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Required Minimum Distributions: Just the Basics

When your clients reach a certain age, the IRS will require them to begin withdrawing from their retirement accounts each year. This requirement is the IRS’s way of ensuring retirement funds are used during the account holder’s lifetime. Without this constraint, those funds could grow tax-deferred until your client’s death, and then continue to grow tax-deferred until their heirs draw from those funds. The IRS wants to tax those earnings now.These required withdrawals are called “required minimum distributions” – or RMDs. RMDs aren’t bad for every taxpayer, but if your client doesn’t need the money, the additional tax burden of the withdrawals can be a stressor. There aren’t many workarounds for RMDs, but there are still a few things your clients can do to optimize their tax positions in retirement.

Who is Subject to Required Minimum Distributions?

Retirement plan withdrawals are only mandated for certain taxpayers.Until recently, the RMD age was 70 ½, which meant that individuals were required to begin making withdrawals by April 1st of the calendar year following the year they turned 70 ½. However, when President Trump signed the Setting Every Community Up for Retirement Enhancement (SECURE) Act in late 2019, the RMD age rose to 72.  Today, taxpayers must begin taking RMDs by April 1st of the calendar year following the year they turn 72.


Your client is retired and holds retirement funds in a prior employer’s 401(k) plan. They turn 72 on January 13, 2022. They will be required to take their first RMD on or before April 1, 2023.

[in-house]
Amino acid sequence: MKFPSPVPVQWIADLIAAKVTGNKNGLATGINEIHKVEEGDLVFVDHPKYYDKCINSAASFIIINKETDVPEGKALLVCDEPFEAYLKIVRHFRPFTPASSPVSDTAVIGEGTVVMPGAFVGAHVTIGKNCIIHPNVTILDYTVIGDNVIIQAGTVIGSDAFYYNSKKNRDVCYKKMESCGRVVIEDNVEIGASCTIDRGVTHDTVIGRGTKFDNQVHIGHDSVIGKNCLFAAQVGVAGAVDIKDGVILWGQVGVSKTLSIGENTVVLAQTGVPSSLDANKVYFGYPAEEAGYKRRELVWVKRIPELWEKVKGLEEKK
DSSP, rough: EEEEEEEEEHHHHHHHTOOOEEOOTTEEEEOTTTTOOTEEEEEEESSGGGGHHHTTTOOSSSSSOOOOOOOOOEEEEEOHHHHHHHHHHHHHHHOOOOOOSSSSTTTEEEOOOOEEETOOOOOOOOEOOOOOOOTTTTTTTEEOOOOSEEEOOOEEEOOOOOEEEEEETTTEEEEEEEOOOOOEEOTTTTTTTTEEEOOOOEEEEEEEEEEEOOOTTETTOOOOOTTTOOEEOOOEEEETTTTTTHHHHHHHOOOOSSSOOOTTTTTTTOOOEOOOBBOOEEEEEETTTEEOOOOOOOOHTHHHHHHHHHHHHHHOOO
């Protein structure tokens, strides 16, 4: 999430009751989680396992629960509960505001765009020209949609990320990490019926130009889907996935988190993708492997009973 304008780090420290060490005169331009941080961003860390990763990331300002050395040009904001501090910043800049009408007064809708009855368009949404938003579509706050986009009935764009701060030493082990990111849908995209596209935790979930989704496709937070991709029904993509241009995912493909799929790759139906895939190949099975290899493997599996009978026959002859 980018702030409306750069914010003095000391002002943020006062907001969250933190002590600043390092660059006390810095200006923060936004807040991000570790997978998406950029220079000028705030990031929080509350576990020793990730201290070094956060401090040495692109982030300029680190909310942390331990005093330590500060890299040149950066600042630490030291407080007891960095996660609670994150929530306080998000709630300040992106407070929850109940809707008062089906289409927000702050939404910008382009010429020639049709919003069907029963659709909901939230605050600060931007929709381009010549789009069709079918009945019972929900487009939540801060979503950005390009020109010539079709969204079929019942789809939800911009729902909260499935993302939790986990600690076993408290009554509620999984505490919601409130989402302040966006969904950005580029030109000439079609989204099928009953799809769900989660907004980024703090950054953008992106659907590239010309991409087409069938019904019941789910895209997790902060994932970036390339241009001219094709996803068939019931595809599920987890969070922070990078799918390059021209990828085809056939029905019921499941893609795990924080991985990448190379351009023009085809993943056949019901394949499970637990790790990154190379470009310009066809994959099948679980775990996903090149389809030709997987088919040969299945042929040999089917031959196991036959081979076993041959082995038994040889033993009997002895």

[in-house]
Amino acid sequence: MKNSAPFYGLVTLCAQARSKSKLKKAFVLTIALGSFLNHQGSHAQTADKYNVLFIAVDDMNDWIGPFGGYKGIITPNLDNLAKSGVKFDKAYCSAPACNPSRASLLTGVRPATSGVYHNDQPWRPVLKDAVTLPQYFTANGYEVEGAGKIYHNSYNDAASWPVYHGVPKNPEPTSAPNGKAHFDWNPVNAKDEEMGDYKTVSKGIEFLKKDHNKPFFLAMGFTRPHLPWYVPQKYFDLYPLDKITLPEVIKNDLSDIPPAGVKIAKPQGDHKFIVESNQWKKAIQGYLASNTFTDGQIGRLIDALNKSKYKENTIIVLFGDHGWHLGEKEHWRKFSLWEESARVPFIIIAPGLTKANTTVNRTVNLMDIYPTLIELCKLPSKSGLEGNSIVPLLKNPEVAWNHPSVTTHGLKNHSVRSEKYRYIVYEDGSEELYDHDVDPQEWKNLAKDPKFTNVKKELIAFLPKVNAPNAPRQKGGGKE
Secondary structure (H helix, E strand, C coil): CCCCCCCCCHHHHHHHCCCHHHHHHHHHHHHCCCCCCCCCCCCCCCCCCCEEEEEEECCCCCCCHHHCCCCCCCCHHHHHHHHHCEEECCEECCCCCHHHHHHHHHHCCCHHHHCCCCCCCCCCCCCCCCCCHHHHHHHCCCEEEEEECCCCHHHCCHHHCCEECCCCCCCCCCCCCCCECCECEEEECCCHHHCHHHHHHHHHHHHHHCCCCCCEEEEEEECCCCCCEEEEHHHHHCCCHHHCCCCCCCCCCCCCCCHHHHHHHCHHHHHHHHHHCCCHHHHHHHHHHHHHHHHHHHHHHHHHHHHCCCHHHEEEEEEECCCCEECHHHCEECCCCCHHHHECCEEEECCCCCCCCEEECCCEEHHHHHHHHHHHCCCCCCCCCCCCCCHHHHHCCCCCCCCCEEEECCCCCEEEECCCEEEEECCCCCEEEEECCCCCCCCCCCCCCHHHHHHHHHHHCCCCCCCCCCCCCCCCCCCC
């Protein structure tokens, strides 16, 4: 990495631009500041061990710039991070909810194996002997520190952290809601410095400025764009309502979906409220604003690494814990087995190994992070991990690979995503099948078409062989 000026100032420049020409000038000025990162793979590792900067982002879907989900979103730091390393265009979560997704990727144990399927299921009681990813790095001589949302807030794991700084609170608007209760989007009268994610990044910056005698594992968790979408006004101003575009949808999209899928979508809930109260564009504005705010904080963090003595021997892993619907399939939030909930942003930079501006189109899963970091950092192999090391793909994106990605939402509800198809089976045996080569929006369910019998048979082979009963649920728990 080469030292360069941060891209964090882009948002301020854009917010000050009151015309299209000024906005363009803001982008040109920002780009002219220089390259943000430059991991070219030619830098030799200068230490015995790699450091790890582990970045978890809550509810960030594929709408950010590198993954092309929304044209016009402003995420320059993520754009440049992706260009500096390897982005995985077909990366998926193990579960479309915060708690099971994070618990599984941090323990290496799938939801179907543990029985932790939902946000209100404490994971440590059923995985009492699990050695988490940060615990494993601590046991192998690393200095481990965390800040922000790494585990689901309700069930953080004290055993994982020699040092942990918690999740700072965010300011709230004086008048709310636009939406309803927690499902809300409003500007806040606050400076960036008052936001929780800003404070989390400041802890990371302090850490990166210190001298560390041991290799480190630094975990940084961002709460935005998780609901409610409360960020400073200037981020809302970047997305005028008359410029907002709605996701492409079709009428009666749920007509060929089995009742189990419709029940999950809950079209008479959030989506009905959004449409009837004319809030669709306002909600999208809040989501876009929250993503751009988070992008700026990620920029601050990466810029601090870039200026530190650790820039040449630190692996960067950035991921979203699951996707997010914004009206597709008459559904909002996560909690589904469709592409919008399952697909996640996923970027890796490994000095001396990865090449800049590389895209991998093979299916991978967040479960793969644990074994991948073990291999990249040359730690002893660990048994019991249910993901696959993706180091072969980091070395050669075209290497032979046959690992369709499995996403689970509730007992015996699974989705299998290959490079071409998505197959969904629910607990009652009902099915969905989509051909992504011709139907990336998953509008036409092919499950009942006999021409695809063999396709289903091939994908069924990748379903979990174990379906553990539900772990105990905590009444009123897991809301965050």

If your client has an IRA, SEP, or SIMPLE IRA, they cannot push the RMD deadline back for any reason. But if your client has an employer-sponsored plan, like a 401(k) or 403(b), they may be able to.

If your client’s plan allows for it, they may be able to push back their first RMD until after they retire.


Your client is currently employed and has an employer-sponsored 403(b). They turn 72 on November 13, 2021. They will not be required to take an RMD in 2022. They can wait until April 1st of the calendar year following the year they retire to take their first withdrawal.

But keep in mind, this delay could be a double-edged sword. Because your client is holding onto their funds for longer, their account balance will continue to grow and will be higher by the time they begin taking RMDs. This will make their required withdrawals even larger than if they had begun pulling from their accounts at age 72, which could be burdensome from a tax planning perspective.

How Are RMDs Calculated?

The RMD calculation is based on a combination of your client’s age, life expectancy, account balance, marital status, spouse’s age, and chosen beneficiaries. The IRS provides three tables to help you with the calculation.

Table I Single Life Expectancy Table

Use this table if you’re calculating RMDs for an inherited IRA (more on this later).

Table II Joint and Last Survivor Expectancy Table

Use this table if your client’s sole beneficiary is their spouse and their spouse is more than 10 years younger than them.

Table III   Uniform Lifetime Table

Use this table if (1) your client is unmarried, (2) your client’s sole beneficiary is their spouse and their spouse is not more than 10 years younger than them, or (3) your client’s spouse isn’t the sole beneficiary of their IRA.

You can calculate your client’s RMD by dividing their account balance at the end of the prior year by the relevant life expectancy factor published in the applicable table.

Are Required Minimum Distributions Taxable?

The short answer is: YES.

Most RMDs will be taxable, and that’s because most distributions from IRAs and defined contribution plans are taxable.

Withdrawals that might not be taxable are distributions that represent return of investment. Distributions from Roth IRAs, for example, are not typically taxable.